The most likely scenario involves a short but severe high-latitude ice age that changed global sea level. Norman Newell suggested in the 1960s that changes in sea level could cause extinction through reducing the available marine bottom habitats in shallow shelf and epicontinental environments.

Computer modeling adequately demonstrates that southward movement of Gondwana, and possible accompanying decreases in atmospheric carbon dioxide, led to glaciation. The onset of this glaciation closely correlates to a first pulse of extinction coincident with a drop in global sea level, a shift to a colder global climate and increased oceanic circulation. The end of glaciation closely corresponds to a second pulse of extinction — with a rise in global sea level, warming of climate and the onset of sluggish oceanic circulation. The close correspondences are more than mere coincidence.

Such changes would have particularly affected bottom-dwelling marine organisms, such as the brachiopods and crinoids. But mobile marine animals also experienced extinctions. Trilobites were very common inhabitants of seafloors before the Late Ordovician, but after the extinctions they persisted at low diversity until their final demise in the Permian.

End of the placoderms

The second of the “big five” extinctions took place during the Late Devonian. It has long been clear that a major drop in diversity took place near the end of the Devonian, and there are two main extinctions usually identified. But it is impossible to decide how many individual extinctions took place and how long they took due to poor stratigraphic resolution. Estimates of the duration of the Late Devonian diversity drop vary from a few hundred thousand to more than 10 million years.

Estimates of the severity of the Late Devonian extinctions suggest a loss of about 27 percent of marine families and 70 to 80 percent of species of marine organisms. Particularly hard-hit groups include the brachiopods, ammonoids, trilobites, conodonts, jawless fish and the top predators of the Devonian seas, the armored placoderm fish. Devonian reef-building organisms (tabulate corals and stromatoporoids) were also devastated. Evidence for extraterrestrial impacts during the Middle and Late Devonian has been described, but none of the supposed impacts can be shown to coincide with these extinctions. Moreover, the Late Devonian looks more like a prolonged biotic crisis, and not simply a single (or even double) mass extinction.

Thus, explanations of the Late Devonian extinctions focus on changes in sea level, climate and oceanic anoxia (a shortage of oxygen) as causes. A particularly interesting explanation, proposed by Thomas Algeo and collaborators, links the extinctions to the spread of land plants during the Devonian. This spread intensified soil formation and chemical weathering, leading to the dumping of more organic matter and chemical nutrients into the oceans. This loading in turn accelerated weathering of silica on land, which created more calcium and magnesium carbonate, and thus removed carbon dioxide from the atmosphere. The increase in bioproductivity and the consequent accumulation of organic matter in shallow seas caused anoxia, the deposition of the characteristic Late Devonian black shales, and the extinctions of bottom-dwelling marine invertebrates — all events now visible in the geologic record. Additionally, removing carbon dioxide from the atmosphere may have caused global cooling that led to a glacial age. However, conclusive evidence of the Late Devonian ice age has proved to be elusive, so more work on this topic is necessary.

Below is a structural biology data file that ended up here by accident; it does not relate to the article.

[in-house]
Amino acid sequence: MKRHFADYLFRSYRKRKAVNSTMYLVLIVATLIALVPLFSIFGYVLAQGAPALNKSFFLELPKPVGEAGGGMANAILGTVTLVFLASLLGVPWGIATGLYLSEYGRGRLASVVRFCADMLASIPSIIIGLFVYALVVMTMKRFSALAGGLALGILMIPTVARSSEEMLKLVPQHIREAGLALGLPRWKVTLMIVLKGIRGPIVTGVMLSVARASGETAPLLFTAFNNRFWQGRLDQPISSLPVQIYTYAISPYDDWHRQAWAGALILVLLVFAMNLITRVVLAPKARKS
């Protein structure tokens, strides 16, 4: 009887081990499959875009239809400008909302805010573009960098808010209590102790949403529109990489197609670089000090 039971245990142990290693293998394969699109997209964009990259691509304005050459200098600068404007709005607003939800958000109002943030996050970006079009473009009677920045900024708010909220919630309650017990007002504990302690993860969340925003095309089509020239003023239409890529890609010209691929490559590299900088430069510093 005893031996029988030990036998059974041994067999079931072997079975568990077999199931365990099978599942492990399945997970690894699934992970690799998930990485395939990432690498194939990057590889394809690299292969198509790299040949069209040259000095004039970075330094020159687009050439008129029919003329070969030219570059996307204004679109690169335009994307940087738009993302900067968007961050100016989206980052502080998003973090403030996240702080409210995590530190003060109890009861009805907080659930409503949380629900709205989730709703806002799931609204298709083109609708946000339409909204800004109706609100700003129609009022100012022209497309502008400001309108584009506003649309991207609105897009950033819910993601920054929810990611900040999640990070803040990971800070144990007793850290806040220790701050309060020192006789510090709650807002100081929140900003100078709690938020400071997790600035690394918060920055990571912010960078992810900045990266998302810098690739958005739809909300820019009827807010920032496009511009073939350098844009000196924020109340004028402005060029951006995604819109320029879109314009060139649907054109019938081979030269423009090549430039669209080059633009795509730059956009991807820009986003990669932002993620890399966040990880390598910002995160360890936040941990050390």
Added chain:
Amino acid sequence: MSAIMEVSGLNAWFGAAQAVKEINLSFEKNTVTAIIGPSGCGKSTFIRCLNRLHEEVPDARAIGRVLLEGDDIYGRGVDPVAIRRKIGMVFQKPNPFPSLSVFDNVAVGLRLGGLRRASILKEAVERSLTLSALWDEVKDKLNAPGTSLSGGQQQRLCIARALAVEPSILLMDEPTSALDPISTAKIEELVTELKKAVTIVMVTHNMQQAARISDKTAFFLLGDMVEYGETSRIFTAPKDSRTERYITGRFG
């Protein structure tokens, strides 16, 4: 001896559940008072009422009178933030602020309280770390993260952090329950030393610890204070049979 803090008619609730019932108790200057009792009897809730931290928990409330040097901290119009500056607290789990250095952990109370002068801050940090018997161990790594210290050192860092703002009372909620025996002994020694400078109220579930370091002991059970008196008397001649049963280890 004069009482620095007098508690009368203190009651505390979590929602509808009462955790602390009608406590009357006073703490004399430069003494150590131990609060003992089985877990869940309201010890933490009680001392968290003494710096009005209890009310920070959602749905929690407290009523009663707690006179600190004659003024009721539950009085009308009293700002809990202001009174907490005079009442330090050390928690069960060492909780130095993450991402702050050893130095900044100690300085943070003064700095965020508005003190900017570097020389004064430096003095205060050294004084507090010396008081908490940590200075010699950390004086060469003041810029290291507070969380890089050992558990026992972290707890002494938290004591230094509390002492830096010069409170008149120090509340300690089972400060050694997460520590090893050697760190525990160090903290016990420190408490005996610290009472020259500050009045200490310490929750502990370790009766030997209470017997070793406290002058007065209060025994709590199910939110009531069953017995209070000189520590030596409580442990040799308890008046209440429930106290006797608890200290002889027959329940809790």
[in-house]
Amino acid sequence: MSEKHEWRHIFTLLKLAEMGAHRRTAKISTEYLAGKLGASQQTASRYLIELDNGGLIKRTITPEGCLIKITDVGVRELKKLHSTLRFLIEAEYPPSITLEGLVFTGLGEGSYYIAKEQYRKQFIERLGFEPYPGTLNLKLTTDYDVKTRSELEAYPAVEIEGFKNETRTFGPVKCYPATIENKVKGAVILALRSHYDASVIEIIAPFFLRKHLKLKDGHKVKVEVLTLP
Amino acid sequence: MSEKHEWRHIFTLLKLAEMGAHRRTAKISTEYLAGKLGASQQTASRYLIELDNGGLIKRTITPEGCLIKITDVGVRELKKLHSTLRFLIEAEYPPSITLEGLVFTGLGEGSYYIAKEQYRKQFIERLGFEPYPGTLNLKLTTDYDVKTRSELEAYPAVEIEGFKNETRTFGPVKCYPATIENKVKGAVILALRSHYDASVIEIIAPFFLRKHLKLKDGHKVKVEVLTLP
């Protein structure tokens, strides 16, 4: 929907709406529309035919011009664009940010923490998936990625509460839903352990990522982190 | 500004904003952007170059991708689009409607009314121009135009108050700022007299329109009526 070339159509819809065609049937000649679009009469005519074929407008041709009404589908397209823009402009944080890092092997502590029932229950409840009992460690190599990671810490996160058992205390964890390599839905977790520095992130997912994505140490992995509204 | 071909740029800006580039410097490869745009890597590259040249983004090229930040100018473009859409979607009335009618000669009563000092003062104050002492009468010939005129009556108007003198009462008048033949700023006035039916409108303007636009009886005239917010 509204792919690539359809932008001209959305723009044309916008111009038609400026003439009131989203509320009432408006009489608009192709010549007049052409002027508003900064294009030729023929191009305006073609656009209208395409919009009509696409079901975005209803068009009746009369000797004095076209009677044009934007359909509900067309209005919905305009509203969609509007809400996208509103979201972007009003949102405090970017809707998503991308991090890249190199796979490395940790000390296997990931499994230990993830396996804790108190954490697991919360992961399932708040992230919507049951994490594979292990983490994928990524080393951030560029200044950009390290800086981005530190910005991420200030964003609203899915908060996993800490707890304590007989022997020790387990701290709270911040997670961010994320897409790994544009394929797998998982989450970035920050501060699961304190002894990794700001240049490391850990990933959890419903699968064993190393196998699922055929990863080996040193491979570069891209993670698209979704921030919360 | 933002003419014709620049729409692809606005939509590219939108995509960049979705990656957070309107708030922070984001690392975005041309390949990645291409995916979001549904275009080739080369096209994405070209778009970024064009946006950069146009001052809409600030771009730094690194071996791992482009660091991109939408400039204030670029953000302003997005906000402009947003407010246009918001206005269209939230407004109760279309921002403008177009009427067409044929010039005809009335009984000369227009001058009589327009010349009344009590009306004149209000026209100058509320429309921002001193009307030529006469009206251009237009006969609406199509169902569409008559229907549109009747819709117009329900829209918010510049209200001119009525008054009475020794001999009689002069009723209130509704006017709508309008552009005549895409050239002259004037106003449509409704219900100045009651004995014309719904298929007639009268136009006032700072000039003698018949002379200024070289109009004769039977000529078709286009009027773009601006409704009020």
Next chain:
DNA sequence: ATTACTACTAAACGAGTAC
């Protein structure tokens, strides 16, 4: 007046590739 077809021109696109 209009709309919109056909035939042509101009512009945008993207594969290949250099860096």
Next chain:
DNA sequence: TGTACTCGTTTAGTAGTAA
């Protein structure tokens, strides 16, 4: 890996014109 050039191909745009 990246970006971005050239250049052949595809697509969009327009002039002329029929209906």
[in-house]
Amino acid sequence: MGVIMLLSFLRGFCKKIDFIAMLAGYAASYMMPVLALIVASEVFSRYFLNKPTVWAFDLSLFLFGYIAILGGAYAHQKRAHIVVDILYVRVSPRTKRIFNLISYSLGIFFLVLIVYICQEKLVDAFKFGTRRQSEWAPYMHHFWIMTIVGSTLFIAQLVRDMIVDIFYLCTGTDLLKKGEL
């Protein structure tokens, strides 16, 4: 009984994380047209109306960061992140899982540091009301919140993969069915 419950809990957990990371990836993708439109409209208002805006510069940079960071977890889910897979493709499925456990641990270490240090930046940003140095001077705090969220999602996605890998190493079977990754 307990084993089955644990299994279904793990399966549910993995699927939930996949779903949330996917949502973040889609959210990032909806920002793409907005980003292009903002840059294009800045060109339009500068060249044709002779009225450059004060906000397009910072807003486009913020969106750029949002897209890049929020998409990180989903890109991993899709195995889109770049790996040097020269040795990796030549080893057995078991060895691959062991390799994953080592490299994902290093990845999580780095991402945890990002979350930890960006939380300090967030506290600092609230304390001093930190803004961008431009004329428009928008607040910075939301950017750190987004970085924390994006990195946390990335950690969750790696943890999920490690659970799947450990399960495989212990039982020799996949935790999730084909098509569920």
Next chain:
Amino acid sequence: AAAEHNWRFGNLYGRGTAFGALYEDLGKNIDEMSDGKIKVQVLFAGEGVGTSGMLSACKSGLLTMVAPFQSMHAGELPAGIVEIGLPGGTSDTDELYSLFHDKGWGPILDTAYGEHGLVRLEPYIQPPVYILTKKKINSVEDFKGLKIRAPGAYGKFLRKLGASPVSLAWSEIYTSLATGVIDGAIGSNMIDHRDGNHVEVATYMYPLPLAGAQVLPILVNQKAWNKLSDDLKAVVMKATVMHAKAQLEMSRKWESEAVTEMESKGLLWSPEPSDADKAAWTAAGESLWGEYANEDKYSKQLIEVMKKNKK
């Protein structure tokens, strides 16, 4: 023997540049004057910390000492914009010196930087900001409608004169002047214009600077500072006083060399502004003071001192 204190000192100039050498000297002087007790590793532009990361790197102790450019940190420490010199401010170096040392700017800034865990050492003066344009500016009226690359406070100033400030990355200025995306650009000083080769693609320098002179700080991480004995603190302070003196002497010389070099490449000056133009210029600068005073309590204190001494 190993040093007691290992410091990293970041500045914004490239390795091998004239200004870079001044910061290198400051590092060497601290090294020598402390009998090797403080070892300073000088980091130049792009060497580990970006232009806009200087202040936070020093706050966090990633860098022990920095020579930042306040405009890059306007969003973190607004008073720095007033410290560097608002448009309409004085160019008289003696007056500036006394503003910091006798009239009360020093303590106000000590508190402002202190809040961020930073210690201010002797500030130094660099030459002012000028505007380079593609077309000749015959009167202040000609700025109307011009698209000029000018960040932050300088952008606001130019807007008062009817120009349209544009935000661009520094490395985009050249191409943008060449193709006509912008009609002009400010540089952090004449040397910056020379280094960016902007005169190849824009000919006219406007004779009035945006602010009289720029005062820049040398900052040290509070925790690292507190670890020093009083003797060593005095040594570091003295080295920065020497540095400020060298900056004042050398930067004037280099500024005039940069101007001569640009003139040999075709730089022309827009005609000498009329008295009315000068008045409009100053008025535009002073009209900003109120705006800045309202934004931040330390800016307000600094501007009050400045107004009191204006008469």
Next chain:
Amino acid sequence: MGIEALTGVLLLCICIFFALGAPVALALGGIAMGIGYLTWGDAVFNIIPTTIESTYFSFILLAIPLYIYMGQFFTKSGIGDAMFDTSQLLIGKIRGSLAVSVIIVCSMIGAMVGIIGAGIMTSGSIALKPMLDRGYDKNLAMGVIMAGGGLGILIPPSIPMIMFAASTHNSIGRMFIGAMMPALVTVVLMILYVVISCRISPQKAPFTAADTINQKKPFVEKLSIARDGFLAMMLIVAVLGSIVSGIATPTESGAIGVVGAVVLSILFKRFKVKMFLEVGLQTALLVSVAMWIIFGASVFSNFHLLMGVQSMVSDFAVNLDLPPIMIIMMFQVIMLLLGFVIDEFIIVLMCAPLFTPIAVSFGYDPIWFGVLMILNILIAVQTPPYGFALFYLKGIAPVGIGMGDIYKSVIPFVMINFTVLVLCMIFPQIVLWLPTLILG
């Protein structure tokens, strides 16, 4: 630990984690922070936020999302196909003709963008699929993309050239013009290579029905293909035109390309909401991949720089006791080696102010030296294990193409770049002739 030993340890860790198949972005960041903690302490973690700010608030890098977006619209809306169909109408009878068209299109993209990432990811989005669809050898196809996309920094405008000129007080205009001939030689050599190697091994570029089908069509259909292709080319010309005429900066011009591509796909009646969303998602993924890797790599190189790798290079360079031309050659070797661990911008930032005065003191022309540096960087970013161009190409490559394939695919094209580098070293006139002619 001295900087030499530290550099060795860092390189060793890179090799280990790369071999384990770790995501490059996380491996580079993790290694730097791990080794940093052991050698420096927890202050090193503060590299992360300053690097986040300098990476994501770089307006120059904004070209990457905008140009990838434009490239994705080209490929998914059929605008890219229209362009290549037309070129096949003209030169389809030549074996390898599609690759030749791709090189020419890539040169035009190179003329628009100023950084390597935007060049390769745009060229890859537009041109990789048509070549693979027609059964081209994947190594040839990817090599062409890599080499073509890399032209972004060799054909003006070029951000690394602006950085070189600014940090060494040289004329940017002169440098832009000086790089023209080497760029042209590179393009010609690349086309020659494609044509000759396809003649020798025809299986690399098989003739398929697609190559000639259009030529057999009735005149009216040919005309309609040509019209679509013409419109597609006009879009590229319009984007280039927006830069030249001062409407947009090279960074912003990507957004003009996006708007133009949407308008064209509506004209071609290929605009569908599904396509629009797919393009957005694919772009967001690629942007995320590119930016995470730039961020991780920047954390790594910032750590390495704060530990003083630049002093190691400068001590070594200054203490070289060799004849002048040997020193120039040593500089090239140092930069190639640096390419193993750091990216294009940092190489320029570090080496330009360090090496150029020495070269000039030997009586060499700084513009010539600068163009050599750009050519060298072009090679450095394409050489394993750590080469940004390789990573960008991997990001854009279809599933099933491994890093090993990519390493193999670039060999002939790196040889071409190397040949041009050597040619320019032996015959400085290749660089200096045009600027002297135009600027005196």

Near-end of the brachiopods

The end-Permian mass extinction, which marks the Paleozoic-Mesozoic boundary at around 251 million years ago, has long been recognized as the most severe and sudden mass extinction in Earth’s history. Some estimates suggest as much as 90 percent of shelled marine invertebrate species were eliminated in less than 500,000 years.

Indeed, in the oceans, the end of the Permian signifies a remarkable change from Paleozoic seafloor communities dominated by brachiopods, crinoids, stromatoporoids, tabulate and rugose corals, and bryozoans to communities dominated by mollusks (especially ammonites, bivalves and gastropods). However, as in the earlier major extinctions, the end-Permian extinction was selective, and the story is not simple.

The end-Permian extinction followed a severe extinction during the Middle Permian (approximately 260 million years ago), and some groups devastated during that period simply persisted at lower diversity until their final demise at the end of the Permian. While there is no convincing evidence for an impact at the end of the Permian, the end-Permian extinction did coincide with the eruption of the Siberian traps, one of the greatest volcanic outpourings in Earth’s history. The climatic effects of the volcanism — from acid rain to global warming — are considered likely factors in the extinctions. Other scientists have proposed that the release of methane from seafloor sediments was also involved (see Geotimes, November 2004).

The timing of the end-Permian extinction, however, is also open to some question. Virtually all the detailed data on the marine extinction come from southern China, and problems of stratigraphic resolution hinder close comparison to other areas, in particular to terrestrial deposits. Recent claims of a sudden and massive terrestrial extinction of reptiles are also based on a single area (in South Africa) and are difficult to evaluate elsewhere. Thus, we really only know what might have happened on land at the end of the Permian in South Africa, but not elsewhere.

End of the conodonts

The end-Triassic extinction about 200 million years ago has long been portrayed as a land- and sea-based event of comparable magnitude to the end-Cretaceous extinction. At this time, ammonites nearly became extinct, and conodonts met their final demise. Also, dinosaurs rose to dominate the land at the expense of the Triassic archosaurs and amphibians.